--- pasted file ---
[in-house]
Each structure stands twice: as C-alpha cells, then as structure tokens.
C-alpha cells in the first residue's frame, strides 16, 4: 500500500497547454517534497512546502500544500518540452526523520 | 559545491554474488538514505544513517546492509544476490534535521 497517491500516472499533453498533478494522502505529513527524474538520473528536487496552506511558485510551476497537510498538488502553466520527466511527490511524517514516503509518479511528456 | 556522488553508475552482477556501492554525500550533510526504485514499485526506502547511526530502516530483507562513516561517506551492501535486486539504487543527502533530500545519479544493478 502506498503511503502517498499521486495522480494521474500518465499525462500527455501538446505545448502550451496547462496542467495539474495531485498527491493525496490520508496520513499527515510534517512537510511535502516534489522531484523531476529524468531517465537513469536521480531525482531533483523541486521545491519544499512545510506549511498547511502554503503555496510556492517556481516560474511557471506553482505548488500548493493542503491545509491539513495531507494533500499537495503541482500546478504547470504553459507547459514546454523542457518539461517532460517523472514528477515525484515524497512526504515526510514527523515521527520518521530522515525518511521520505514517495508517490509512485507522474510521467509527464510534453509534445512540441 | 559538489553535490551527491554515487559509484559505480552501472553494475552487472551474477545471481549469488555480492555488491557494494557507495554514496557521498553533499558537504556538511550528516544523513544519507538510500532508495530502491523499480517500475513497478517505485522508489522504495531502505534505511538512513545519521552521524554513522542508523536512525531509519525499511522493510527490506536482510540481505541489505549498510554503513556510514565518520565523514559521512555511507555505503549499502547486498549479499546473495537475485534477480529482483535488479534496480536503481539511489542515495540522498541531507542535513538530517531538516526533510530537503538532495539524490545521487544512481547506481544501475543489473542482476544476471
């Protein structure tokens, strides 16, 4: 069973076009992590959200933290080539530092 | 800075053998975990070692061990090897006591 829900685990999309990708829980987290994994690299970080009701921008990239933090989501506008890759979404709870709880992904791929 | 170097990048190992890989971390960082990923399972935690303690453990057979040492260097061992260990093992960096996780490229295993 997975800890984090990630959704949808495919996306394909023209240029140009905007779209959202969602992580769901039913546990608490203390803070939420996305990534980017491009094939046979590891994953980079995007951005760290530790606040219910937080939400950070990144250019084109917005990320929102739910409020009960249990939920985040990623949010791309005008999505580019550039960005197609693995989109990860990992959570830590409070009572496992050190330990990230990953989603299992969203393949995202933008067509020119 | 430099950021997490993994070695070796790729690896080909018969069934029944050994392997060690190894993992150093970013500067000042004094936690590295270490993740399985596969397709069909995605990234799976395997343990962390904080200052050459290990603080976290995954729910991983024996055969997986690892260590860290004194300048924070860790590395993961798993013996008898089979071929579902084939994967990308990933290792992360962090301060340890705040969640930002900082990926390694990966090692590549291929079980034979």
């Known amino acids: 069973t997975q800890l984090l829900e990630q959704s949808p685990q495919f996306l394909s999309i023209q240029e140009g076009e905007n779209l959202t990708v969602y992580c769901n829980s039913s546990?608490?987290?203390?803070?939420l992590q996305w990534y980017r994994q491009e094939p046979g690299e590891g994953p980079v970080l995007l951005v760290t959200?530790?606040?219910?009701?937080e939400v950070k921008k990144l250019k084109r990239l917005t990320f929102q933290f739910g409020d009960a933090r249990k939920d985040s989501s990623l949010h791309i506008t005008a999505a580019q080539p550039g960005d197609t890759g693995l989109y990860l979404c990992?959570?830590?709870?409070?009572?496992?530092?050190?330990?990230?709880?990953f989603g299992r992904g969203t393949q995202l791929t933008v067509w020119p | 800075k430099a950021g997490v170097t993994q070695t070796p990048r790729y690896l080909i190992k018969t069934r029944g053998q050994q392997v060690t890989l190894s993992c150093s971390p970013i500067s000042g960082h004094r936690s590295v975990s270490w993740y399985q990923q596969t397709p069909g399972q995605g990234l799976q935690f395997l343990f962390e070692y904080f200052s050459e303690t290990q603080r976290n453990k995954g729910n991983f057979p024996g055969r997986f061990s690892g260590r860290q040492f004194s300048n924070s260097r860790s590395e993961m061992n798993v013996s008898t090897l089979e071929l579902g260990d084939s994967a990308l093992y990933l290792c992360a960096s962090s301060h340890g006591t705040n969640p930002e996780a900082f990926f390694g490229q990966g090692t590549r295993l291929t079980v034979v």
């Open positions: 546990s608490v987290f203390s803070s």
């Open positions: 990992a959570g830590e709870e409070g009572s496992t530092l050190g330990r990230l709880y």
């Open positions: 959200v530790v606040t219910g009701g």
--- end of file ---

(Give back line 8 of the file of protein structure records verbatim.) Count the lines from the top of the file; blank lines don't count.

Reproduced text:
């Open positions: 959200v530790v606040t219910g009701g």